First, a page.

completed exactly the same as they would if you did not have a Trust in place. After the Person(s) who have created the Trust are deceased, then the Trust becomes irrevocable and a TIN is required.

 

If your Irrevocable Trust is a Grantor type Trust it will not require a TIN either, until the same point as the Trust creators have both passed away. It is important to understand what type of Trust you are creating and if, and when you may need a TIN. Feel free to call me today at (404) 260-1901 for your free consultation regarding Trust planning.

Lifetime Giving or Gifting

Giving to charity, or to loved ones while you are alive, is an important aspect of many estate plans. Those wishing to give these type of gifts, in a tax efficient manner, and wish to help reduce estate taxes, should consider gifting throughout their lifetime.

 

Currently, the IRS allows any person to gift up to $14,000 each to as many number of persons in a single year without incurring a taxable gift. This $14,000 annual exclusion allows one to gift without owing taxes on the gift, or requiring reporting (unless the money is coming from a foreign source). If you gift over the $14,000 exclusion, you must file a Gift Tax Return. Additionally, spouses splitting gifts are required to file this Gift Tax Return even when no taxable gift amount is incurred. One major loophole is that it is possible to make unlimited payments directly to medical providers or educational institutions on behalf of others for qualified expenses. These gifts, as long as paid directly to the facilities and not a natural person, are generally not considered a taxable gift, or require the filing of a gift tax return.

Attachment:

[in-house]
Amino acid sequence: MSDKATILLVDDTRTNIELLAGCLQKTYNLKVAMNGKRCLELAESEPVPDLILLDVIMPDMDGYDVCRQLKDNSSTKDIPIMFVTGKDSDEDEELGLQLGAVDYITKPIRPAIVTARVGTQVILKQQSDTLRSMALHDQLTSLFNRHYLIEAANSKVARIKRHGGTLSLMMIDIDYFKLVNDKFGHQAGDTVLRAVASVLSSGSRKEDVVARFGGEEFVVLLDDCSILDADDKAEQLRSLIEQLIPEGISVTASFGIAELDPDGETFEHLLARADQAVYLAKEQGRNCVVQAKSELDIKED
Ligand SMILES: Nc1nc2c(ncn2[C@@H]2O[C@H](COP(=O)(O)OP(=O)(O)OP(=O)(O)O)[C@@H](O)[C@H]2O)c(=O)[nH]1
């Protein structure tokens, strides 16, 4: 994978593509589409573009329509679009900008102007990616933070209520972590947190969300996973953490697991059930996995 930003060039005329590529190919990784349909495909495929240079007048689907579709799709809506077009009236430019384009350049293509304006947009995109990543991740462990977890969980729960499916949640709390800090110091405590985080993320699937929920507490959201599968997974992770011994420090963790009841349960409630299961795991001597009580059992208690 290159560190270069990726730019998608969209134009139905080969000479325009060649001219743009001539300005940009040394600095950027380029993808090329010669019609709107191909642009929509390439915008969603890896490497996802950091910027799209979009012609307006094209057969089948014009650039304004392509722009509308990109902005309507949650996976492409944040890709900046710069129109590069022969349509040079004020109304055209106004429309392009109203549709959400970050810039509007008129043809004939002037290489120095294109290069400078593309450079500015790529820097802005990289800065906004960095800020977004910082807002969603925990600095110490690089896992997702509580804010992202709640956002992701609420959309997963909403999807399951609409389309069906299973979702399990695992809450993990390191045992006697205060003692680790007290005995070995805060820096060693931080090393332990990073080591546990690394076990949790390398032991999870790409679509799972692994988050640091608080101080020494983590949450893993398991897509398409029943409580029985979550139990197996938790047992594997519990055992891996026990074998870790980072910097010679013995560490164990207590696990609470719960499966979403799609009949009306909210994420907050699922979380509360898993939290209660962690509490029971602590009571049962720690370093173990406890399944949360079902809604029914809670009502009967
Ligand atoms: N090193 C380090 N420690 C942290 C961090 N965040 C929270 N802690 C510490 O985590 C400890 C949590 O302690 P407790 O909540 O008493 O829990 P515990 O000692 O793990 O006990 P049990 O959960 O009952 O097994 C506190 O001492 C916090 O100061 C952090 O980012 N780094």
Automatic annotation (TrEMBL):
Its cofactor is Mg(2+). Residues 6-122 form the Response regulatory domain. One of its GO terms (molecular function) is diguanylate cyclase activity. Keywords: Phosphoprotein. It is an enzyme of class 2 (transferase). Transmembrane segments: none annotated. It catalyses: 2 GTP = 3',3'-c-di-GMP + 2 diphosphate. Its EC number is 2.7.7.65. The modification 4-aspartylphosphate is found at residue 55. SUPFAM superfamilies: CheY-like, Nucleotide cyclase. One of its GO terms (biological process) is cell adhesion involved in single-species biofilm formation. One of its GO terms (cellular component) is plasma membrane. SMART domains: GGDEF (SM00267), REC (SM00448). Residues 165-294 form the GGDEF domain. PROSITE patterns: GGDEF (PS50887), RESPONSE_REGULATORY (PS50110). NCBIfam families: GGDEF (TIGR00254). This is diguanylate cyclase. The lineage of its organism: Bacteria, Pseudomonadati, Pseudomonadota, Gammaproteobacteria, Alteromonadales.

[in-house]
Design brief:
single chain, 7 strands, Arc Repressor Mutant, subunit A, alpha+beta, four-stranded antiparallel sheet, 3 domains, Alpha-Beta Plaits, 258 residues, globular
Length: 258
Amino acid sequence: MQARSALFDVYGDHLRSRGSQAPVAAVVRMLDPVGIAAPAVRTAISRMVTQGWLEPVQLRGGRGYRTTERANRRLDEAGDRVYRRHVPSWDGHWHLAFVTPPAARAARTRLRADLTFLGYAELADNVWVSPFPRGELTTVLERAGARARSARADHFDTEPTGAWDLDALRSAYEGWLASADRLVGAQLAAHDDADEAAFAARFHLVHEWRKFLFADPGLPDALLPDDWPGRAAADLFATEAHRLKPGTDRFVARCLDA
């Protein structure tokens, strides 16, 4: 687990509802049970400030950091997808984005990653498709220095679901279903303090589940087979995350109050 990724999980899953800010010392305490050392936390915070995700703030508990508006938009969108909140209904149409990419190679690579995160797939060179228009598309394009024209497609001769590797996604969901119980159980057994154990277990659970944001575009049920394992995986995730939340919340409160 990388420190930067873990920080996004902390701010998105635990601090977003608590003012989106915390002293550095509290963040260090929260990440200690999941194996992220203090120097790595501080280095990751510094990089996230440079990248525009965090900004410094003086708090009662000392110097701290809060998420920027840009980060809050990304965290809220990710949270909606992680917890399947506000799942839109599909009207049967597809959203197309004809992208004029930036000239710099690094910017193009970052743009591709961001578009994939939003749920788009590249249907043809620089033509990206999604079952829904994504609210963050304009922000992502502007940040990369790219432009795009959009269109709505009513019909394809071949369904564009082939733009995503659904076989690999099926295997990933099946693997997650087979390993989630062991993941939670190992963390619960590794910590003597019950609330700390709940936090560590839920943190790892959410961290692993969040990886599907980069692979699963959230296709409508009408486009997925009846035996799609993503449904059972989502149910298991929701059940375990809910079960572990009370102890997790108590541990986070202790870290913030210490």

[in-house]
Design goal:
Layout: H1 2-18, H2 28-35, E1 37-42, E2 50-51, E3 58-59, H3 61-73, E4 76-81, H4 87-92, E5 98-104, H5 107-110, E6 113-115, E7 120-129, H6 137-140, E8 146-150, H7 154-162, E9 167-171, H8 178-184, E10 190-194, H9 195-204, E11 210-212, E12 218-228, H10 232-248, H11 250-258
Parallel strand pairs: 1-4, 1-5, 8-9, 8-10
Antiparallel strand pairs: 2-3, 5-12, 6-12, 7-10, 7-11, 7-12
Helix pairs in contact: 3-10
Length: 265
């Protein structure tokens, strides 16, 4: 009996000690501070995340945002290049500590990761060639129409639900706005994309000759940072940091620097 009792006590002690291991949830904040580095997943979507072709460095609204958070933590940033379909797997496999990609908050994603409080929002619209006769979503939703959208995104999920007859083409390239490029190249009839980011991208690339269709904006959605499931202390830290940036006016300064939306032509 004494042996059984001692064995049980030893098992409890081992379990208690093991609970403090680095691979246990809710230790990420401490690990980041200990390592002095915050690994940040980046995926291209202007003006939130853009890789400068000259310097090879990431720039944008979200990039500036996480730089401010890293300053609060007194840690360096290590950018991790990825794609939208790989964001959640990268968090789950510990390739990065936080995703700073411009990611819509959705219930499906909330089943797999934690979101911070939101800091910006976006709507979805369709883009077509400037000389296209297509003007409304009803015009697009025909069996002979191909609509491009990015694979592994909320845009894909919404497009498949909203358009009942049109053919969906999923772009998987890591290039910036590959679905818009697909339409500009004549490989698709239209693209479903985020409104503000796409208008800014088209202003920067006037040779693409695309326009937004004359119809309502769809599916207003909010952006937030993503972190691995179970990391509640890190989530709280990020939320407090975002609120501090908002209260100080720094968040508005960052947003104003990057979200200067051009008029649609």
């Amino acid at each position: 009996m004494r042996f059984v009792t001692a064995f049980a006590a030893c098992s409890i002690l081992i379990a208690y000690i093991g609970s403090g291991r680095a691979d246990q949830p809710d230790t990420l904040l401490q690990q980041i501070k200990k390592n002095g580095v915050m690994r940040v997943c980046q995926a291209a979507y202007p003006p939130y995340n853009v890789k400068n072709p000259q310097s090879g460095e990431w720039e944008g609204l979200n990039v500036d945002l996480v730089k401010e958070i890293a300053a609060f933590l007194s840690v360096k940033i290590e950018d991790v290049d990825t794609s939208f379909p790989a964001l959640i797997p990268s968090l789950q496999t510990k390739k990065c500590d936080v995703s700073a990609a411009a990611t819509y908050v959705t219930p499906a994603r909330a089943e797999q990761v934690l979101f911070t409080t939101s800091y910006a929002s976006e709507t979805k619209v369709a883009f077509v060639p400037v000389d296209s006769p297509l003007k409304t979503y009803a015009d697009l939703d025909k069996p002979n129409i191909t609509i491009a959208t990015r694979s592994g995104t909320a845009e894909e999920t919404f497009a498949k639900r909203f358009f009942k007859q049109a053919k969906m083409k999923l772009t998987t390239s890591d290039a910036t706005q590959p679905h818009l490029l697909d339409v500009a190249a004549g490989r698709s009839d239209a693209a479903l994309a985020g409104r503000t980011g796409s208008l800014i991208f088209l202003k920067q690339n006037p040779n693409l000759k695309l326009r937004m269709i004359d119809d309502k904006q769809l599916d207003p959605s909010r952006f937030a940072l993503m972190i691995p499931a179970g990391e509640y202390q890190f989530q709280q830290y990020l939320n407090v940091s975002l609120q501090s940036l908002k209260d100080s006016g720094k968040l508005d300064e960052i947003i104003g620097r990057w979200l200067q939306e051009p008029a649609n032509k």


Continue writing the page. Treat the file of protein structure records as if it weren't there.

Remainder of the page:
Another thing to consider is gifting highly appreciated assets to charities during your lifetime and receive an income tax deduction for the donation, while bypassing the capital gains tax that would be owed if you cashed in the assets yourself. However, donors have aggregate lifetime exemptions, which in 2016 was $5.45 million each person during their lifetime and still avoid gift tax. This number applies to gift and federal/ state estate taxes combined.

 

Gifting is just one way to give meaningful financial support to those you love during your life and after your death. Feel free to call us at (404) 260-1901 to discuss a strategy to maximize your donations while minimizing taxation.

Guardianships and Conservatorships in Georgia Probate Court

The probate court oversees guardianships and conservatorships in Georgia. However, the court does not have a duty to ensure your daily actions are not in violation of your role or any bond you may have. As a matter of fact, you may not realize there is any problem with your duties as a guardian or conservator until you have been served with a complaint (suit). Even if you feel as if you have handled the guardianship or conservatorship correctly, you may owe money on the bond if your record keeping is inadequate.